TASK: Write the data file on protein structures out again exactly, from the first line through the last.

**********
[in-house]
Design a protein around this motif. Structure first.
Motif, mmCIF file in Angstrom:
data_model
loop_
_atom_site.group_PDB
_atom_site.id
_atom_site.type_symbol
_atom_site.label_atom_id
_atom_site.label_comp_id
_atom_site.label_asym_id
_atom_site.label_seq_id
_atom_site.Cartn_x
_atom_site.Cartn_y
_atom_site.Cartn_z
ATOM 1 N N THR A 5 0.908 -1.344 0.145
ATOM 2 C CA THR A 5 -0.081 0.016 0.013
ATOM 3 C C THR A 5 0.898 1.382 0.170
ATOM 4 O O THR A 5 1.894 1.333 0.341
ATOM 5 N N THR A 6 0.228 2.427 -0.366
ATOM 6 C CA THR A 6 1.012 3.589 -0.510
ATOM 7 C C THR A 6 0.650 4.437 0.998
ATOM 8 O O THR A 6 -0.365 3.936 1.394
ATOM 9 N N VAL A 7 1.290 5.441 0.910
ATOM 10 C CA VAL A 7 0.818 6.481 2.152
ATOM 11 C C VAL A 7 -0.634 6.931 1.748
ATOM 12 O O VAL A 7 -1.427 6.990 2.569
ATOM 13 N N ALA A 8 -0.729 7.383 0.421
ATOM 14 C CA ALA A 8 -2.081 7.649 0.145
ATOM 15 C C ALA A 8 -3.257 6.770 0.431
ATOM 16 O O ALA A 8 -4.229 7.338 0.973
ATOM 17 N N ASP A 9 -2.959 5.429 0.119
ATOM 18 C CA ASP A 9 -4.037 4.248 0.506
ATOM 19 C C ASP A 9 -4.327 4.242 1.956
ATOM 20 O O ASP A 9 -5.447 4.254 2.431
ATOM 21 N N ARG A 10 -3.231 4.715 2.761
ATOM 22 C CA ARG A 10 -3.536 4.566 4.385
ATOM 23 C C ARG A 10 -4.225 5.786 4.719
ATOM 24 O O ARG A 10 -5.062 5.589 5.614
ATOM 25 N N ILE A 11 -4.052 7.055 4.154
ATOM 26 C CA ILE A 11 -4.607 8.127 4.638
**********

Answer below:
[in-house]
Design a protein around this motif. Structure first.
Motif, mmCIF file in Angstrom:
data_model
loop_
_atom_site.group_PDB
_atom_site.id
_atom_site.type_symbol
_atom_site.label_atom_id
_atom_site.label_comp_id
_atom_site.label_asym_id
_atom_site.label_seq_id
_atom_site.Cartn_x
_atom_site.Cartn_y
_atom_site.Cartn_z
ATOM 1 N N THR A 5 0.908 -1.344 0.145
ATOM 2 C CA THR A 5 -0.081 0.016 0.013
ATOM 3 C C THR A 5 0.898 1.382 0.170
ATOM 4 O O THR A 5 1.894 1.333 0.341
ATOM 5 N N THR A 6 0.228 2.427 -0.366
ATOM 6 C CA THR A 6 1.012 3.589 -0.510
ATOM 7 C C THR A 6 0.650 4.437 0.998
ATOM 8 O O THR A 6 -0.365 3.936 1.394
ATOM 9 N N VAL A 7 1.290 5.441 0.910
ATOM 10 C CA VAL A 7 0.818 6.481 2.152
ATOM 11 C C VAL A 7 -0.634 6.931 1.748
ATOM 12 O O VAL A 7 -1.427 6.990 2.569
ATOM 13 N N ALA A 8 -0.729 7.383 0.421
ATOM 14 C CA ALA A 8 -2.081 7.649 0.145
ATOM 15 C C ALA A 8 -3.257 6.770 0.431
ATOM 16 O O ALA A 8 -4.229 7.338 0.973
ATOM 17 N N ASP A 9 -2.959 5.429 0.119
ATOM 18 C CA ASP A 9 -4.037 4.248 0.506
ATOM 19 C C ASP A 9 -4.327 4.242 1.956
ATOM 20 O O ASP A 9 -5.447 4.254 2.431
ATOM 21 N N ARG A 10 -3.231 4.715 2.761
ATOM 22 C CA ARG A 10 -3.536 4.566 4.385
ATOM 23 C C ARG A 10 -4.225 5.786 4.719
ATOM 24 O O ARG A 10 -5.062 5.589 5.614
ATOM 25 N N ILE A 11 -4.052 7.055 4.154
ATOM 26 C CA ILE A 11 -4.607 8.127 4.638